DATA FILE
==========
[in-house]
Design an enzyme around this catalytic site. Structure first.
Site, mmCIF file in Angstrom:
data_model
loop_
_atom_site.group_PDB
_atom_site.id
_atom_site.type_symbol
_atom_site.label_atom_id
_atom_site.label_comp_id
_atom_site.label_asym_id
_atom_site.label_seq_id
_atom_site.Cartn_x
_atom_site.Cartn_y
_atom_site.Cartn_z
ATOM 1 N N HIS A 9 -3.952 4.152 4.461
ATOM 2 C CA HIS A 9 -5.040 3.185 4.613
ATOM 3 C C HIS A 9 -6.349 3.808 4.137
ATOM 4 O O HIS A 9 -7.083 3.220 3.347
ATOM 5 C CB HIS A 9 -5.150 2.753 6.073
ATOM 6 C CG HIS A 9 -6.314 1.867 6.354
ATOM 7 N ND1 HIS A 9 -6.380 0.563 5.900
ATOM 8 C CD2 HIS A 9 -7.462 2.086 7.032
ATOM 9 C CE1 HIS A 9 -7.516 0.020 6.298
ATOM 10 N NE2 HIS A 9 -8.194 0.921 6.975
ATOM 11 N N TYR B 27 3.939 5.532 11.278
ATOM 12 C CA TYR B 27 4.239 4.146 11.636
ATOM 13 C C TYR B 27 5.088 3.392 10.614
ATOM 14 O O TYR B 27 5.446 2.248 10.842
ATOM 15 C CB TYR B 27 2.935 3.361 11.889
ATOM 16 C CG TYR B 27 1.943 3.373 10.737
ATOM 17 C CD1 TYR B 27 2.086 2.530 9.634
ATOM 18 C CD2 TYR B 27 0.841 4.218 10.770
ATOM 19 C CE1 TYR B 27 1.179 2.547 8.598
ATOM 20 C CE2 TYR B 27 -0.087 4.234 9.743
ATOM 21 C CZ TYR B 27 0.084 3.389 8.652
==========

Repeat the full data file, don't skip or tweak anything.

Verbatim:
[in-house]
Design an enzyme around this catalytic site. Structure first.
Site, mmCIF file in Angstrom:
data_model
loop_
_atom_site.group_PDB
_atom_site.id
_atom_site.type_symbol
_atom_site.label_atom_id
_atom_site.label_comp_id
_atom_site.label_asym_id
_atom_site.label_seq_id
_atom_site.Cartn_x
_atom_site.Cartn_y
_atom_site.Cartn_z
ATOM 1 N N HIS A 9 -3.952 4.152 4.461
ATOM 2 C CA HIS A 9 -5.040 3.185 4.613
ATOM 3 C C HIS A 9 -6.349 3.808 4.137
ATOM 4 O O HIS A 9 -7.083 3.220 3.347
ATOM 5 C CB HIS A 9 -5.150 2.753 6.073
ATOM 6 C CG HIS A 9 -6.314 1.867 6.354
ATOM 7 N ND1 HIS A 9 -6.380 0.563 5.900
ATOM 8 C CD2 HIS A 9 -7.462 2.086 7.032
ATOM 9 C CE1 HIS A 9 -7.516 0.020 6.298
ATOM 10 N NE2 HIS A 9 -8.194 0.921 6.975
ATOM 11 N N TYR B 27 3.939 5.532 11.278
ATOM 12 C CA TYR B 27 4.239 4.146 11.636
ATOM 13 C C TYR B 27 5.088 3.392 10.614
ATOM 14 O O TYR B 27 5.446 2.248 10.842
ATOM 15 C CB TYR B 27 2.935 3.361 11.889
ATOM 16 C CG TYR B 27 1.943 3.373 10.737
ATOM 17 C CD1 TYR B 27 2.086 2.530 9.634
ATOM 18 C CD2 TYR B 27 0.841 4.218 10.770
ATOM 19 C CE1 TYR B 27 1.179 2.547 8.598
ATOM 20 C CE2 TYR B 27 -0.087 4.234 9.743
ATOM 21 C CZ TYR B 27 0.084 3.389 8.652